#19 American workers that try to play by the rules find that they are constantly fighting a losing battle.  According to one study, between 1969 and 2009 the median wages earned by American men between the ages of 30 and 50 dropped by 27 percent after you account for inflation.

#20 In recent years, many middle class families have seen their paychecks get smaller.  Median household income in the United States has fallen 7.8 percent since December 2007 after adjusting for inflation.

#21 In recent years, many middle class families have seen many of their basic expenses absolutely soar.  For example, health insurance costs have risen by 23 percent since Barack Obama became president.

#22 Just turning on the lights and heating their homes has become a major burden for many middle class families.  Electricity bills in the United States have risen faster than the overall rate of inflation for five years in a row.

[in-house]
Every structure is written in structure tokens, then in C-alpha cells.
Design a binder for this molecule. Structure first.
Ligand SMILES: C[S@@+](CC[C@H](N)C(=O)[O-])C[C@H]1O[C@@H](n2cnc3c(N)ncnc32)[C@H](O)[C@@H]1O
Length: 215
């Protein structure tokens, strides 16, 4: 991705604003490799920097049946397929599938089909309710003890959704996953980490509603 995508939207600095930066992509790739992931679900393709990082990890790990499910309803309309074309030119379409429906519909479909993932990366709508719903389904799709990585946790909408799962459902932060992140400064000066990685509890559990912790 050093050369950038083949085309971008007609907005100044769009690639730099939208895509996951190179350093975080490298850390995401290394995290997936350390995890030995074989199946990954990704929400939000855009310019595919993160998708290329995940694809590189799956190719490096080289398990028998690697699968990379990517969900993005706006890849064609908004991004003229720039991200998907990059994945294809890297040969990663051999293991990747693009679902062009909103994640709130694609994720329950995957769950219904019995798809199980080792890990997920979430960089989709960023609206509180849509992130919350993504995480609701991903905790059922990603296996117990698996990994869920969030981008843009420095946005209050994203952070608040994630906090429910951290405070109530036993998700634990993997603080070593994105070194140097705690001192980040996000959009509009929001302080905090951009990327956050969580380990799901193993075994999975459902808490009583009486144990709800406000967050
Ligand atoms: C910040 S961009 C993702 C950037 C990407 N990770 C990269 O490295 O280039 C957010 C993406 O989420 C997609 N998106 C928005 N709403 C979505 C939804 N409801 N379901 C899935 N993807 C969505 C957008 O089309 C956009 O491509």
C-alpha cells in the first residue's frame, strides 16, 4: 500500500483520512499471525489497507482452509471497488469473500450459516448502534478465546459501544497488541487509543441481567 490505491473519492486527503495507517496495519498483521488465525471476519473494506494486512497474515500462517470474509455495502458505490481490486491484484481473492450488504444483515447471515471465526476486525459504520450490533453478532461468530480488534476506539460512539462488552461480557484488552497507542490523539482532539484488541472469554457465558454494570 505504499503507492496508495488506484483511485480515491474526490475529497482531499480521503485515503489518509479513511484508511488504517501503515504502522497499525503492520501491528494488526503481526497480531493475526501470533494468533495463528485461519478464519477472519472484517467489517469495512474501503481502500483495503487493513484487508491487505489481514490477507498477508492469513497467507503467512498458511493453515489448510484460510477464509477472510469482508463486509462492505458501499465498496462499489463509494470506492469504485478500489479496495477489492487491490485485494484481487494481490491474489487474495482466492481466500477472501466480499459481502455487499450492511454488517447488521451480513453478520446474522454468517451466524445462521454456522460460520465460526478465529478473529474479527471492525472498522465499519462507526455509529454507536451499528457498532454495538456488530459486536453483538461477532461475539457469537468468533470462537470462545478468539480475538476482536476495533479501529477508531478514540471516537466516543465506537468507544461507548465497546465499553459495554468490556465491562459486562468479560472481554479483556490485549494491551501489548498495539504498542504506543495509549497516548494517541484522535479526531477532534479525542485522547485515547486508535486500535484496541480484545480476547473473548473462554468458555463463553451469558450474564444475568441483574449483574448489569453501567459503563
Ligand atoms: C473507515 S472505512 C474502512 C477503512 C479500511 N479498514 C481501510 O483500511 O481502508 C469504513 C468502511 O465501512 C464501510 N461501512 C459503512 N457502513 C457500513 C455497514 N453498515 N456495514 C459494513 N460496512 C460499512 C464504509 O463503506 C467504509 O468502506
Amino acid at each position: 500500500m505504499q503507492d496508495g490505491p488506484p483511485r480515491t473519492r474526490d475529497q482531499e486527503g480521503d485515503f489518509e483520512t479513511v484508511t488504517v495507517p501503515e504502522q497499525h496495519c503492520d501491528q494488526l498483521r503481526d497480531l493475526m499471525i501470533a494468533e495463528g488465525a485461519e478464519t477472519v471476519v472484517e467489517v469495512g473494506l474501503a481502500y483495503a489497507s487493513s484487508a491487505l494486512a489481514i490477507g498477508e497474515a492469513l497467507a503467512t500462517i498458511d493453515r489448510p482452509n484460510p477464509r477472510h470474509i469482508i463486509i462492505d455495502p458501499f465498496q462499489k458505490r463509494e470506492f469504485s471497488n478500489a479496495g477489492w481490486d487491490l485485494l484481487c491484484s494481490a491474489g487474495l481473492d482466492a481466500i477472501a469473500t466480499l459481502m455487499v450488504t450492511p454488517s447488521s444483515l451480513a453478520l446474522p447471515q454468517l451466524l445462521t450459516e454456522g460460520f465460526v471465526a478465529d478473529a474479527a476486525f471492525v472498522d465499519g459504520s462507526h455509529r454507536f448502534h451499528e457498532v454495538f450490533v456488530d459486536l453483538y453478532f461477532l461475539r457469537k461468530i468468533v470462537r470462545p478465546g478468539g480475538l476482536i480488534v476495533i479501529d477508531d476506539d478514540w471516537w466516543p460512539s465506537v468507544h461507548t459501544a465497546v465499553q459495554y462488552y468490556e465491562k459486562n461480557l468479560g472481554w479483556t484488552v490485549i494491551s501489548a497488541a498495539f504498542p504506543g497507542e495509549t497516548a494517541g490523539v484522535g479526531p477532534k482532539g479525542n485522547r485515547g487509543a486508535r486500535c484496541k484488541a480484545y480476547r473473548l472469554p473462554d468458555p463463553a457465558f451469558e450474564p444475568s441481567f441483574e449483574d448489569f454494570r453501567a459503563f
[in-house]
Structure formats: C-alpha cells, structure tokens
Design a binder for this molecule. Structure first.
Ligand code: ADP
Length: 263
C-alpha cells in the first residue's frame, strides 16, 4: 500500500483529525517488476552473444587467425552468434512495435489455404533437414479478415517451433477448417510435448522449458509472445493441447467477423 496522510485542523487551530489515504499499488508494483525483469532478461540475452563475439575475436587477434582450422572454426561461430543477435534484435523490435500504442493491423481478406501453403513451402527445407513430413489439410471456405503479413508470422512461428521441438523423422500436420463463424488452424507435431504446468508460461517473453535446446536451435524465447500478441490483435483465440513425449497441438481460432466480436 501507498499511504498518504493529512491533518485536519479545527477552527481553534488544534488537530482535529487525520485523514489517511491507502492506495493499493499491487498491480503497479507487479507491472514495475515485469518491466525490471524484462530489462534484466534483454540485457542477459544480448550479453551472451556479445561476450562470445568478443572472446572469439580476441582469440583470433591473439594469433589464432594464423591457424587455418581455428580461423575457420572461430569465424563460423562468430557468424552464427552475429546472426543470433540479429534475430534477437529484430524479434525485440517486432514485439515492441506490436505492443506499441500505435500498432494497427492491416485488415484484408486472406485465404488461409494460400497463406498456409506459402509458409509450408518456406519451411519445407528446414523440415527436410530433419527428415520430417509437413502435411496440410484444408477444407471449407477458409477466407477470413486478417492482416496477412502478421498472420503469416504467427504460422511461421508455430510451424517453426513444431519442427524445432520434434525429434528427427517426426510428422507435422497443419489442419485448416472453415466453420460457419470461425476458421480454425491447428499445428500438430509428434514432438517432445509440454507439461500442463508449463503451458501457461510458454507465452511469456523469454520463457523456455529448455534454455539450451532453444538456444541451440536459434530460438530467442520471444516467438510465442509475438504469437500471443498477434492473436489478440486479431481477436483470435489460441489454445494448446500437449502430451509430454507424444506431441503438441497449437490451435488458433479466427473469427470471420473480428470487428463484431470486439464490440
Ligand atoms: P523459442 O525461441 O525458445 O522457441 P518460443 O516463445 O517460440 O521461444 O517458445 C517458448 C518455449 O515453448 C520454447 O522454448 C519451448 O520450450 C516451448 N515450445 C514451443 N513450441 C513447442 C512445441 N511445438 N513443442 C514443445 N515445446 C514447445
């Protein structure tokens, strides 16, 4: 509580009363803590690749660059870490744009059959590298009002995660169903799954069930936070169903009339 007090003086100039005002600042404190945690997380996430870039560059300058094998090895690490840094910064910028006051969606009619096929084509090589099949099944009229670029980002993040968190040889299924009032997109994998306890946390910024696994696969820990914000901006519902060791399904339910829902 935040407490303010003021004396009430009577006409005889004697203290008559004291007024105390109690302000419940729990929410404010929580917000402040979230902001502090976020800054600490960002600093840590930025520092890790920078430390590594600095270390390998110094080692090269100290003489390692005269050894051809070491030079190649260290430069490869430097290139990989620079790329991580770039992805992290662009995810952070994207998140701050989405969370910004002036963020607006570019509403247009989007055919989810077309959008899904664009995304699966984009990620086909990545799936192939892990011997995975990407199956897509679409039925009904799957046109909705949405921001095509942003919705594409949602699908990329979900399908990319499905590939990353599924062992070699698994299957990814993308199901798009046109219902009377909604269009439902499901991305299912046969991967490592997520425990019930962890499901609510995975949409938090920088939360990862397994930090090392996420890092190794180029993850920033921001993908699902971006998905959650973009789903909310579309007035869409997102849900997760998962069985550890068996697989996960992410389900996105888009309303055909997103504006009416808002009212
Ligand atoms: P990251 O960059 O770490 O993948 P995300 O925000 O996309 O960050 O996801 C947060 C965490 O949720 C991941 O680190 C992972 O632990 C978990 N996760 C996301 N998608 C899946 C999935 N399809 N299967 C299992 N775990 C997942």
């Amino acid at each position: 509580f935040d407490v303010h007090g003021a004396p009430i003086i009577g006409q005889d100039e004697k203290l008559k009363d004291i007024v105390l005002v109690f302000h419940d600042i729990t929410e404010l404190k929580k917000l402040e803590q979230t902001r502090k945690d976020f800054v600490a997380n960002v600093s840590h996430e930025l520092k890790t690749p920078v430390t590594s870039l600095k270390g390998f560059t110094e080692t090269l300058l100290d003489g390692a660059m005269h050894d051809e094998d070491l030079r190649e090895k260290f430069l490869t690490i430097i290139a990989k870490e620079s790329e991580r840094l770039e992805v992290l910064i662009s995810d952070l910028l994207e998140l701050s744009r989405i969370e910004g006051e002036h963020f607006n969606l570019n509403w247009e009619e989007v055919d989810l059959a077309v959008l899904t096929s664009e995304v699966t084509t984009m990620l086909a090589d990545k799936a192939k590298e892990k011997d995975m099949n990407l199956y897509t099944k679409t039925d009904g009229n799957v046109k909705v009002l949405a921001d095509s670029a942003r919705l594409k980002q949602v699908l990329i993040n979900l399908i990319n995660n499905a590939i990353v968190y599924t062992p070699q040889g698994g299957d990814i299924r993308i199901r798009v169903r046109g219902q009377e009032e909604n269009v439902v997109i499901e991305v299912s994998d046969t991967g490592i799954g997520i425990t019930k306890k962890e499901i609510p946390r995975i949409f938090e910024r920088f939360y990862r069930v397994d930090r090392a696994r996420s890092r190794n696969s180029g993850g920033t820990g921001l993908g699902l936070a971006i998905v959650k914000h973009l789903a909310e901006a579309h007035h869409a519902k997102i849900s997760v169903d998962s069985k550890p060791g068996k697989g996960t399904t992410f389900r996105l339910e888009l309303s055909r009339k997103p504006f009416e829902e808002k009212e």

#23 Just putting gas in the car has become a major financial ordeal for millions of hard working Americans.  The average price of a gallon of gasoline in the United States has increased by more than 100 percent since Barack Obama became president.

#24 Sadly, government dependence is now at an all-time high, and that is the way that many among the elite like it.  When Barack Obama took office, there were 32 million Americans on food stamps.  Now, there are more than 46 million Americans on food stamps.  In particular, an astounding number of children are on food stamps right now.  At this point, approximately one-fourth of all American children are enrolled in the food stamp program.

#25 Many middle class families will not be in the middle class for too much longer.  According to a shocking new study from the National Bureau of Economic Research, 200,000 U.S. households will use the money from their tax refunds this year “to pay for bankruptcy filing and legal fees“.

Unless major changes are made on a national level, the middle class is going to continue to disappear.

If you are playing the game the way that the system tells you to play it and you expect to live a middle class lifestyle for many years to come there is a good chance that you will be deeply disappointed at some point.